The Times is reporting that Theresa May is under pressure to strengthen a plan to protect troops from spurious legal claims after warnings that it will not protect soldiers already being pursued.
The prime minister has pledged to opt out of international human rights laws when Britain goes to war in future following an avalanche of claims after the conflicts in Iraq and Afghanistan.
The proposals would involve Britain temporarily withdrawing from parts of the European Convention on Human Rights.
Lord Richards of Herstmonceux, a former head of the armed forces, warned that the plans would do nothing to protect “many hundreds of disciplined and loyal” soldiers currently facing spurious claims.
“This issue is critical to armed forces morale now and into the future,” he said during a debate in the Lords yesterday. “A failure to act retrospectively will lead to distrust and cynicism.”
He was among a number of former senior military figures, ministers and judges to call on Mrs May to go further in protecting troops.
Earl Howe, a defence minister, said legislating to end current legal claims would “compromise the principle of legal certainty”. He added that the government had a duty to investigate credible allegations of offences by troops.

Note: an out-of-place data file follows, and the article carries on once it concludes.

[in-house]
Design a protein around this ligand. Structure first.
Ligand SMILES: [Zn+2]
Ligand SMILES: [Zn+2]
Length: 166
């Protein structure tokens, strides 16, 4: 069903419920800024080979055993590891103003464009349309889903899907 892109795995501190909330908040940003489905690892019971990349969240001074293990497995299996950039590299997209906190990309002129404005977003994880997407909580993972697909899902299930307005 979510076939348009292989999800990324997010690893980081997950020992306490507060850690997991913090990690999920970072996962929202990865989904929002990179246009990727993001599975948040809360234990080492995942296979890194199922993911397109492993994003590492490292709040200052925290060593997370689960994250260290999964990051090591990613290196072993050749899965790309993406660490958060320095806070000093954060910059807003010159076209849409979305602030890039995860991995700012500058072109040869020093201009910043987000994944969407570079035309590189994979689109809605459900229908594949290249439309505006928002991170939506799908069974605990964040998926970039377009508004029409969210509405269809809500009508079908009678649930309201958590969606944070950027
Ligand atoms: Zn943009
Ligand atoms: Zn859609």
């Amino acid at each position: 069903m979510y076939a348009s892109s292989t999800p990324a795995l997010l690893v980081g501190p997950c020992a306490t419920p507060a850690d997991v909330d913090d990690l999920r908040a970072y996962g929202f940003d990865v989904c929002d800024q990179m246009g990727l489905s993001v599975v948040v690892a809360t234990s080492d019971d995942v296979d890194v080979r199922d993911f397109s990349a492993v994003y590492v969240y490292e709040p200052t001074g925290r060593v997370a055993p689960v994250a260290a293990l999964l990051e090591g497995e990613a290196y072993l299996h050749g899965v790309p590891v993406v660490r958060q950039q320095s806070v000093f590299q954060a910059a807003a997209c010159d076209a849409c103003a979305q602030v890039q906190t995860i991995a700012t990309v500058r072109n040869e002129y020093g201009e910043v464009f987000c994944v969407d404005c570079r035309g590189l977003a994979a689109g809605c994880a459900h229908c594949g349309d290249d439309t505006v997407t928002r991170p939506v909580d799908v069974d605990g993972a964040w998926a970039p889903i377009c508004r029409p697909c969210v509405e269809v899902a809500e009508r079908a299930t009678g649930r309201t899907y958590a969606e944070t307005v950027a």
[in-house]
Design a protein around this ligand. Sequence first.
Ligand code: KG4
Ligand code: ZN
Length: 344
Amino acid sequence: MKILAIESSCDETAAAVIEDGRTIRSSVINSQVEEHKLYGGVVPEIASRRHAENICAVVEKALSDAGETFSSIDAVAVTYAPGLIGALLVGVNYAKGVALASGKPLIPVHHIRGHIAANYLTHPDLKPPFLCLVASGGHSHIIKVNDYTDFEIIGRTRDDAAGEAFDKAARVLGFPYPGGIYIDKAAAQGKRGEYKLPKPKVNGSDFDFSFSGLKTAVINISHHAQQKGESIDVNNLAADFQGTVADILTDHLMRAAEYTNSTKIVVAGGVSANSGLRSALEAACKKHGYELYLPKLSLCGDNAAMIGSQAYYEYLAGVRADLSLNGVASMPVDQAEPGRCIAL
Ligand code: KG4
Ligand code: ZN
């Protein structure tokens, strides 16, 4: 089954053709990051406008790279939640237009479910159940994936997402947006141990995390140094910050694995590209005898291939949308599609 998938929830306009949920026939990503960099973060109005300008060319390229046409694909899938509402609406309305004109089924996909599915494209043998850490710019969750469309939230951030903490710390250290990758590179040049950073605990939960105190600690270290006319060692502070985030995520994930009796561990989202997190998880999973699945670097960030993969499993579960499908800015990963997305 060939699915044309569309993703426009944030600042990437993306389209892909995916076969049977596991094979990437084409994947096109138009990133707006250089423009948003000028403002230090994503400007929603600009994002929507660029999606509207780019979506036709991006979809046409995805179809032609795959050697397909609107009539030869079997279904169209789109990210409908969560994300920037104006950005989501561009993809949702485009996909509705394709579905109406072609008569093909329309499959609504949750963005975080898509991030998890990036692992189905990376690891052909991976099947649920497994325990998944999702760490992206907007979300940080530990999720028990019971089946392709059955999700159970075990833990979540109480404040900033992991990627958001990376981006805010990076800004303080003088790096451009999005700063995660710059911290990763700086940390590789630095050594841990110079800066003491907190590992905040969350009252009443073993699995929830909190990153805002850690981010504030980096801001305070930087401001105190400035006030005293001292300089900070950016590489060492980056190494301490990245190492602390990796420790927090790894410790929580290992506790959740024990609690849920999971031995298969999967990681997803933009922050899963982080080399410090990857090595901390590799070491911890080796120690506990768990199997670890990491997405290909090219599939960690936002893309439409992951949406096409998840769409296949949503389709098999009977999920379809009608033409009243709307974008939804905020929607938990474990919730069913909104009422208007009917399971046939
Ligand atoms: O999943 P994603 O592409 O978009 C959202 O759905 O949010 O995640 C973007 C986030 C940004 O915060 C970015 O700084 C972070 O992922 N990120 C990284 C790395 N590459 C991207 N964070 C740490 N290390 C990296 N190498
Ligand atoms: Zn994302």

Earlier this year, I provided evidence to the Defence Sub Committee’s inquiry into the support offered by the Ministry of Defence to former and serving military personnel who are subject to judicial process.
At the Inquiry, MPs heard how investigators from the Iraq Historic Allegations Team (Ihat) are turning up on family doorsteps and at barracks’ gates demanding information or threatening arrest.
In one harrowing incident they appeared at an ex-girlfriend’s house and interviewed her on whether her former partner had tattoos, was abusive or talked in his sleep. In another, they turned up at a barracks and threatened to arrest an officer despite the fact he was acquitted by an internal probe 10 years earlier. Even witnesses have been threatened with arrest, as the probe into alleged Iraq War wrongdoing has got completely out of hand.
I have since written to Secretary of State for Defence, Michel Fallon, to issue notice that we will be bringing a Judicial Review to put in place a framework of support for service personnel and veterans facing judicial process. The framework includes a formal apology for failing to support those accused.
I am calling on the Ministry of Defence to guarantee the following:
1 – The right to a framework of help and support for serving and ex-military personnel to include, Chain of Command, welfare and medical support.
2 – The right to independent legal advice.
3 – The right for funding for such advice.
4 – The right to a fair trial.
5 – Time limits be imposed on these cases.
6 – The rights promised to military personnel under the military covenant to be upheld.